So each week I have been working on cleaning up my citations to EE standards and for whichever person I complete this for, that is the person I post about. Well, I got sidetracked this week.
I started going through my “Genealogy_Media” folder, which is the folder in which I store all the digital photos and documents I have accumulated. Unfortunately, they are not really organized or labeled well. Ooops!
Some of the folders…those that contain parish register transcripts or those that contain death certificates…were relatively easy. I had enough words in the name to identify them, but they were not using a particular method and so the file names were in different orders from file to file. So I made some corrections.
In other folders however, the files names were useless. One of these folders is my “History and Reference Books” folder. You see, there is a great site known as the “Internet Archive” and also known as the “Wayback Machine.” One of the things this site does is to “archive” pages of websites. So if you know of a site that has since disappeared, you might be able to find copies of the pages at the “Wayback Machine.”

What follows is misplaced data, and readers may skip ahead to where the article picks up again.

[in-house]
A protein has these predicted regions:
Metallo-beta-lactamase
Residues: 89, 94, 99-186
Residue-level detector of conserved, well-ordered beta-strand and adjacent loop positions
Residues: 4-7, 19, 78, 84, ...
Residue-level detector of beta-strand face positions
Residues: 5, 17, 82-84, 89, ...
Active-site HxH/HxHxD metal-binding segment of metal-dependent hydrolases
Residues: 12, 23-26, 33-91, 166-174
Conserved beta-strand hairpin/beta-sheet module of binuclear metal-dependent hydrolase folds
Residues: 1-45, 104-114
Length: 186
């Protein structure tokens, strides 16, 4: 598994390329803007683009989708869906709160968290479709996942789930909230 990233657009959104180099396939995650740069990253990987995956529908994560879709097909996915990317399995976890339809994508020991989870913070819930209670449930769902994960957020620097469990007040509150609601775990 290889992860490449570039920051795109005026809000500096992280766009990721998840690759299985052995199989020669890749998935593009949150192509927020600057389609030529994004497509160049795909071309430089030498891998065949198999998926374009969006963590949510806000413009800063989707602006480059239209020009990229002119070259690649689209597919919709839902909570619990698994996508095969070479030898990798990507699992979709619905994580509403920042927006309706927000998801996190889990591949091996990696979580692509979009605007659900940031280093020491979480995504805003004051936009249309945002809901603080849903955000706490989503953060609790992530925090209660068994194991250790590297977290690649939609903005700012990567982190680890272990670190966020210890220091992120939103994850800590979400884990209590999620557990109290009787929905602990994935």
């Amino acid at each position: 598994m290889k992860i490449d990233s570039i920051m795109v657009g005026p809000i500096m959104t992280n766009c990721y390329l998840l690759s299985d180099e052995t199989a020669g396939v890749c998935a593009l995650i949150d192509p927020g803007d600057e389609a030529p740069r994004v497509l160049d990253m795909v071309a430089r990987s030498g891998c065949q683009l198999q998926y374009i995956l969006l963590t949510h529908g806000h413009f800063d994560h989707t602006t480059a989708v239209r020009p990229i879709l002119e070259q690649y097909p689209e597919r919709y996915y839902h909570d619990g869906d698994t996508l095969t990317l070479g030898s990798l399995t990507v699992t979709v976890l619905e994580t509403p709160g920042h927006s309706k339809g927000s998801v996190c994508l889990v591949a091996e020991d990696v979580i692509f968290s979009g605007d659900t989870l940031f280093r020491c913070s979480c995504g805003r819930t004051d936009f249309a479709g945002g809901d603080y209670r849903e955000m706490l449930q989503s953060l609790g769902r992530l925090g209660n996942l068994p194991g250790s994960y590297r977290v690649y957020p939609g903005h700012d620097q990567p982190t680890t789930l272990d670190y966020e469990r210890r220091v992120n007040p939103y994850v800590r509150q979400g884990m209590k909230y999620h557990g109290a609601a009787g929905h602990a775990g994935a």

However, another nifty feature is that it contains complete digital copies of books that are in the public domain. And some of these are very helpful for genealogists! For example, I was doing research on my family in Pickaway County, Ohio. So I visited the Internet Archive and performed a search. I first clicked on the icon for “Texts” (an open book) and then entered my search term of “Pickaway County”.
The two most promising results were for the books: History of Pickaway County, Ohio and Representative Citizens by Aaron R. Van Cleaf, published 1906; and Portrait and biographical record of Fayette, Pickaway and Madison counties, Ohio : containing biographical sketches of prominent and representative citizens, together with biographies and portraits of all the presidents of the United States by Chapman Brothers, published 1892.
Many of these older county history books reference early or prominent settlers of a county. And since part of my family settled in Ohio as early as 1805 (and maybe earlier), referencing this county history books is always worthwhile…even if I don’t find them listed!
To check out the “Internet Archive,” visit: Internet Archive! And don’t forget to rename the downloaded files to a name that makes sense!